Without a doubt, one of our favourite ways of keeping up with what other gardeners and designers are doing is to go and visit them. Here are some of the many gardens to go and see.
Combining function with flamboyance
This beautiful one acre walled garden near Colchester was an original feature to a Georgian property. Set in 14 acres of land, the client wanted to develop the walled garden into something a little more structured. There was an existing swimming pool at one end and old fruit trees along the walls but, other than this and some low hedging, the garden was a blank canvas. Open on one side, the drive to the house ran parallel.
The brief was to include a pool house which could be self sufficient in terms of facilities, including a kitchen. We set out a suggested structure for the building, in keeping with the design layout, but then handed over to the architects to complete.
The clients wanted to use the garden for entertaining and, in keeping with true Georgian tradition, we included features such as the folly and parterre and shapely trees. Georgian Architecture is classical yet fun; structure and balance are mainstays and set a formal tone, but flamboyance was also popular.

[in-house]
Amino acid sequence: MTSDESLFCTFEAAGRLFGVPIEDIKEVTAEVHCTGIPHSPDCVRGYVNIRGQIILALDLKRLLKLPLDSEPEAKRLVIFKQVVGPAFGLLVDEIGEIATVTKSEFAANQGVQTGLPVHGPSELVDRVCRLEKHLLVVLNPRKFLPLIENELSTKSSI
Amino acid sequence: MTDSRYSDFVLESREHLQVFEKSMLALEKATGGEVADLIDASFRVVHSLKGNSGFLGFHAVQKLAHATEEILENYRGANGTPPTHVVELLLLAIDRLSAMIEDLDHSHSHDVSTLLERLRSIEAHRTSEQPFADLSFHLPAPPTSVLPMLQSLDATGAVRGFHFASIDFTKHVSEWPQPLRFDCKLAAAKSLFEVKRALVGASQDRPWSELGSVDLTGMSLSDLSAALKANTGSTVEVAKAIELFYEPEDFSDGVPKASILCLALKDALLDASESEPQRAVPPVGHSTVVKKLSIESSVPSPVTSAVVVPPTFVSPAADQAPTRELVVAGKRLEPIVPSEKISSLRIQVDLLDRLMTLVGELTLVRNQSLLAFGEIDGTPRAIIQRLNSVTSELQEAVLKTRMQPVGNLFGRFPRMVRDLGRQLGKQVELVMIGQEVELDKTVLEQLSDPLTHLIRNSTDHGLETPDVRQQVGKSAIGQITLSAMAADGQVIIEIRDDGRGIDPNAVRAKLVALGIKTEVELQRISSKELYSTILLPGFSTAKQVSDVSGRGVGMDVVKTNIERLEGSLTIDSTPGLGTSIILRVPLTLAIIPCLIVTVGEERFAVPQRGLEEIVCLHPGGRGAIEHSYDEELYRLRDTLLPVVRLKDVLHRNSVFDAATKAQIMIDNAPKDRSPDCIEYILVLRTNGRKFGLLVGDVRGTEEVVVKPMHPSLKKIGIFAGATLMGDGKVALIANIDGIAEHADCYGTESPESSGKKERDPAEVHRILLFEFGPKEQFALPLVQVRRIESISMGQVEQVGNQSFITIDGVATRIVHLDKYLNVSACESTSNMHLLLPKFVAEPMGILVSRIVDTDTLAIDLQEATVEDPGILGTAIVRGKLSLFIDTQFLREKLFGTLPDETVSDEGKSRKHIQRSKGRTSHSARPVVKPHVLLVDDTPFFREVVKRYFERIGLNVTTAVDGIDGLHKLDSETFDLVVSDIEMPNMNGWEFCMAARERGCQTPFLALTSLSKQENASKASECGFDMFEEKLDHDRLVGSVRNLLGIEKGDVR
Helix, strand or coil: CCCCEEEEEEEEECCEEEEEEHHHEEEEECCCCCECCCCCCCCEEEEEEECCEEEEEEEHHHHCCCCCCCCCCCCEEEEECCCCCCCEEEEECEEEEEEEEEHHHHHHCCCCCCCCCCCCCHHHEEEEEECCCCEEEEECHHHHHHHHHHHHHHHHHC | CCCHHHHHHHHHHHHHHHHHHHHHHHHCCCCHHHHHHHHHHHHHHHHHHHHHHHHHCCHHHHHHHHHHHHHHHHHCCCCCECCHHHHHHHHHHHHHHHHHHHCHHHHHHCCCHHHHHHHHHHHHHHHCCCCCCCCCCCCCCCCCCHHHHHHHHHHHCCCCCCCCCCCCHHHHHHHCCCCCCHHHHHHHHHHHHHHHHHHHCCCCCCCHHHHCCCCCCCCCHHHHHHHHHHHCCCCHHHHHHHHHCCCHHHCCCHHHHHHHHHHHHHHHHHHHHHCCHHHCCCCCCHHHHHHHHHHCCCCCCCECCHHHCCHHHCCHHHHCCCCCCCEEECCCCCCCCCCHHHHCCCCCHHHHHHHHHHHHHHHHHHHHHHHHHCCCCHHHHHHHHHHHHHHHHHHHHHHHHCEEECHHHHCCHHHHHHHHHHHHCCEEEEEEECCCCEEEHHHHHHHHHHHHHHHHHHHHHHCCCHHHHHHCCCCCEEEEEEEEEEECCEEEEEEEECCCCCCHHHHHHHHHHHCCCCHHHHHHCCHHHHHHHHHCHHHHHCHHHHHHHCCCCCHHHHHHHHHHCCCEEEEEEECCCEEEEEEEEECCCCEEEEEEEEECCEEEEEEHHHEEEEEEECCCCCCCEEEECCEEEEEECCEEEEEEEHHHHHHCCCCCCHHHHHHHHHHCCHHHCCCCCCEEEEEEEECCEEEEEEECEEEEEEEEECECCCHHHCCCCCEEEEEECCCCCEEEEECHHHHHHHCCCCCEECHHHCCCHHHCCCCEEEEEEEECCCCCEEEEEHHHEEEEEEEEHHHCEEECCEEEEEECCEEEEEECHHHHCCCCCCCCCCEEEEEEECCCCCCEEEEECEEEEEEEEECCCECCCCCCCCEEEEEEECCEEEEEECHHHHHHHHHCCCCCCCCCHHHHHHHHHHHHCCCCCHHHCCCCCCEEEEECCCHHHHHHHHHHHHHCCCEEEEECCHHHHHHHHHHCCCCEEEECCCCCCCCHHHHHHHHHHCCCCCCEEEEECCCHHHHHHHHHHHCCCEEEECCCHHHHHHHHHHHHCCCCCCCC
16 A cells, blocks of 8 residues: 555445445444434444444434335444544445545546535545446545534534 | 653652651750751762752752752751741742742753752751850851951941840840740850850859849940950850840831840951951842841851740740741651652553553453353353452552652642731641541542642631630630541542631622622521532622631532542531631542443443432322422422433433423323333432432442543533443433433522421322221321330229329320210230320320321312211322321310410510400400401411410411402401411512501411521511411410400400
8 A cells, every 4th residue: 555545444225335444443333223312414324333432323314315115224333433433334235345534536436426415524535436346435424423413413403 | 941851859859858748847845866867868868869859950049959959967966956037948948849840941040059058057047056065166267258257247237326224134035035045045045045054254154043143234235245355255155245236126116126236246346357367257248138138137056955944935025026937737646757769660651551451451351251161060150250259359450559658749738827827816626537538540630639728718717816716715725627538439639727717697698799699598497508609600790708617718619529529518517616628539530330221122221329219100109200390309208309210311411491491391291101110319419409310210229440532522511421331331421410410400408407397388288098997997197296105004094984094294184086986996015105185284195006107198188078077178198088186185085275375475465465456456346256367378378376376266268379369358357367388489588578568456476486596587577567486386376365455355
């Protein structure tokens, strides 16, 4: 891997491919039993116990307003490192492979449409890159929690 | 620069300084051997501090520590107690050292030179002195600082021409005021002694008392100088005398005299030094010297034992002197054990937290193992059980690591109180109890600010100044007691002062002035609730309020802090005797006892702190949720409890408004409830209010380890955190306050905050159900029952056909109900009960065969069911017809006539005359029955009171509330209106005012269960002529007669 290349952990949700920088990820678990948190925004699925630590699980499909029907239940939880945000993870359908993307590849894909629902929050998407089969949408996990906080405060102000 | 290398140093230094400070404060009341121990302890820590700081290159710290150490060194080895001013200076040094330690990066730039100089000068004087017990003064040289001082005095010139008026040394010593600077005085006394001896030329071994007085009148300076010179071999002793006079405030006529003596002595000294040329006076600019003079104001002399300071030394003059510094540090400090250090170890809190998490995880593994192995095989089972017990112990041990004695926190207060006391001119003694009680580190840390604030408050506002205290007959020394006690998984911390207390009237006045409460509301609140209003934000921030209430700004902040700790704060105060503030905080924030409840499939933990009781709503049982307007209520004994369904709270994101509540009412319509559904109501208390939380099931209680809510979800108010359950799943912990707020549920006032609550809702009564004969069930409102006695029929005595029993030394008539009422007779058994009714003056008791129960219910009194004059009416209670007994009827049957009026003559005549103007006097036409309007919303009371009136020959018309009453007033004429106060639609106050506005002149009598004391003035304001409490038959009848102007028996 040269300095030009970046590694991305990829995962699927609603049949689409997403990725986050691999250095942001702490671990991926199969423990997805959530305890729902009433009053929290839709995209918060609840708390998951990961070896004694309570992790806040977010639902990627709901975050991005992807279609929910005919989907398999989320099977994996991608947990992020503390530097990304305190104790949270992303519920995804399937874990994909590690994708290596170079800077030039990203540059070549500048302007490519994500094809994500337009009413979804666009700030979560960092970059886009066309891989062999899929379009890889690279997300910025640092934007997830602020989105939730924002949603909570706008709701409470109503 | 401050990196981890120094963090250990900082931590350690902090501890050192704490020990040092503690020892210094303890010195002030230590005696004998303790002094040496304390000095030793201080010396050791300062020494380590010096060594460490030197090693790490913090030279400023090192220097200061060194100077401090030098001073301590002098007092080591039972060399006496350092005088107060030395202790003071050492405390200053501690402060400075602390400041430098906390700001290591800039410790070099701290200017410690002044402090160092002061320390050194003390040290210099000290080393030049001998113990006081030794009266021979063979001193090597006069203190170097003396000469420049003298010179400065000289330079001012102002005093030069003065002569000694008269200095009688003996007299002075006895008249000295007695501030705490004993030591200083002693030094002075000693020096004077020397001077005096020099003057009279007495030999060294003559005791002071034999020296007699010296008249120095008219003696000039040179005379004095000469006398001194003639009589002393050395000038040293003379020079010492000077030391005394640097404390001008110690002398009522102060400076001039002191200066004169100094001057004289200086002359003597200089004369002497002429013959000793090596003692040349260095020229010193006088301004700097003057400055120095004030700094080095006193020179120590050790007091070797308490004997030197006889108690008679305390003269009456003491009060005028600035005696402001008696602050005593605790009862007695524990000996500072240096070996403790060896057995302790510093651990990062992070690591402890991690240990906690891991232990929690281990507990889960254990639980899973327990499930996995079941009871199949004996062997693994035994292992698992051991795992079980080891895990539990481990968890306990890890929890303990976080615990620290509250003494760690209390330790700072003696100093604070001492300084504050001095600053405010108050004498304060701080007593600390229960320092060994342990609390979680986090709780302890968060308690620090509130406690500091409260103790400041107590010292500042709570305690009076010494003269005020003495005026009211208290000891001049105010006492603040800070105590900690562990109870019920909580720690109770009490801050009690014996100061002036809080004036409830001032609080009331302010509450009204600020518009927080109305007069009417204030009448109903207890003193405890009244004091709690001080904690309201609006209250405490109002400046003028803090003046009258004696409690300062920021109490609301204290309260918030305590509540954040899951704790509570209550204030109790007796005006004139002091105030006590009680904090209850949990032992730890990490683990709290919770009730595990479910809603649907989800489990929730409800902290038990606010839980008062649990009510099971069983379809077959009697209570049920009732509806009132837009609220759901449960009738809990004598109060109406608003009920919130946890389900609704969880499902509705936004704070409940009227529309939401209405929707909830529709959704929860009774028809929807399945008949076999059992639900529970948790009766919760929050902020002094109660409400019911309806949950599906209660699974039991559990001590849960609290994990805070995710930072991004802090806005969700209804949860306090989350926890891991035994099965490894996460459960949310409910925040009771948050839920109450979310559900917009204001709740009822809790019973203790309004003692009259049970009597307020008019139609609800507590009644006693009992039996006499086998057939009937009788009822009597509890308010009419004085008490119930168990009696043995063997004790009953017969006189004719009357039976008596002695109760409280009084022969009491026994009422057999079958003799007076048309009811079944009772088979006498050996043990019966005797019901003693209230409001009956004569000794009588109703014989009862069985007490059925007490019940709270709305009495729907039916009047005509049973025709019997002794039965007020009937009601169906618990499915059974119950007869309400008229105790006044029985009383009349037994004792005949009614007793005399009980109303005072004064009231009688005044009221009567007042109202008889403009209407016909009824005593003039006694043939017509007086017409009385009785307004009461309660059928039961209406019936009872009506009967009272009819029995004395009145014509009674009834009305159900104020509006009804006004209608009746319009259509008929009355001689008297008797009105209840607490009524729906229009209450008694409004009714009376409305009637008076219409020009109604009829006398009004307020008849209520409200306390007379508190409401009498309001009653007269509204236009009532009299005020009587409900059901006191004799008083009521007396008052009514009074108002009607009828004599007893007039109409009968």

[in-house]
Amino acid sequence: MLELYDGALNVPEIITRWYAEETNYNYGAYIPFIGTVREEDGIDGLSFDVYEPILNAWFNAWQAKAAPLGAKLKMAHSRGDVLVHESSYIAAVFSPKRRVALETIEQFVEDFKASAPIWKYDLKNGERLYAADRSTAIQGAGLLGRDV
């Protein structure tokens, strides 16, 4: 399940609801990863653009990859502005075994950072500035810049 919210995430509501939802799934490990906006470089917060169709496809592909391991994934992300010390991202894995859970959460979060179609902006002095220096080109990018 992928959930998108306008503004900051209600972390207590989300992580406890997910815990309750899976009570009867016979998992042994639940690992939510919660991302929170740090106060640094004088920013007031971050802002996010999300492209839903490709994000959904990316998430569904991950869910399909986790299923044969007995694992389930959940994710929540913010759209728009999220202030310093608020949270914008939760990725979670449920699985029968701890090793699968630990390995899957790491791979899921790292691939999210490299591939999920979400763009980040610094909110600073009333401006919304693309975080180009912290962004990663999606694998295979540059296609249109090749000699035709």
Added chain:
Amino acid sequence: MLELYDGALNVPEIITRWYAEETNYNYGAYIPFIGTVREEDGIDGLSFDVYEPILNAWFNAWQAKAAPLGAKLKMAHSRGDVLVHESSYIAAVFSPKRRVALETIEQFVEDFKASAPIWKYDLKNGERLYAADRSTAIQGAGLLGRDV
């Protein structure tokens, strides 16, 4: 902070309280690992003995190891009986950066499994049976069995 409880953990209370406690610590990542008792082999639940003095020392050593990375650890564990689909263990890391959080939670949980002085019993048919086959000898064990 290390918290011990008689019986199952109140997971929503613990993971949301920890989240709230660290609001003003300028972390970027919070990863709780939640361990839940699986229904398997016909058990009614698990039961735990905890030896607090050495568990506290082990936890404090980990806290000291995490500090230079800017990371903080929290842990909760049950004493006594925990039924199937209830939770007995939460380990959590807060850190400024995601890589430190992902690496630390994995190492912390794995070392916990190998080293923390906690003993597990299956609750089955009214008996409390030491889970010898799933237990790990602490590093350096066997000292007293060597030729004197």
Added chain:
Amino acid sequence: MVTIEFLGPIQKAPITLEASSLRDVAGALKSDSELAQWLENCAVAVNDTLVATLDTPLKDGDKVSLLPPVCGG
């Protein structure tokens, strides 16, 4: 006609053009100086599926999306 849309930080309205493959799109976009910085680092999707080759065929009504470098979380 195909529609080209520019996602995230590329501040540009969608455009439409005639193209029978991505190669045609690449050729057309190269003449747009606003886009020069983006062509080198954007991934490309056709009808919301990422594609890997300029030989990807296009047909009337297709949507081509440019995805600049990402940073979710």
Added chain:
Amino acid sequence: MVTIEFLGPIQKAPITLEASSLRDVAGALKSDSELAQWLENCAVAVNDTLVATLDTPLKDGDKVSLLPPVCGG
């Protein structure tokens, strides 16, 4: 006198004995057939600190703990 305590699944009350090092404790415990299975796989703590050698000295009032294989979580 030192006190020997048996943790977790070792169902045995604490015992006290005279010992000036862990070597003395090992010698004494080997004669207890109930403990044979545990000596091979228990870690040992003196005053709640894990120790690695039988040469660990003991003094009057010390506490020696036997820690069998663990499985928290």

With this in mind, the design wasn’t necessarily truly Georgian but an interpretation for a modern day version with nods to some of those traditional features. Site lines were highly valued. The design divides the garden into three sections but the unifying factors are proportion and the central line focus.
The garden was walled only on 3 sides in full and partially on the fourth side. It was anticipated that guests could arrive by approaching from this unwalled section so a statement statue set off with successional planting was included. The design actually used a very masculine statue here whereas a more feminine form was used in the central water feature nearby. These details hinge on the theme of balance and fun, and the garden is telling a story.
One of the challenges was that the client wasn’t keen to employ a team of gardeners and, whilst they wanted perennials and other ‘pretties’, the overall maintenance level was to be kept to a minimum. To overcome this, a third of the garden is hard landscaping with just two statement trees nestled within a water feature. The middle section will be dominated by hedging and trees with long flowering ‘filler’ plants such as Erigeron karavinskianus, Nepeta and Geranium. Finally, the last section will mainly be lawn with Taxus baccata domes to add interest.
The Hannah Peschar Sculpture Garden
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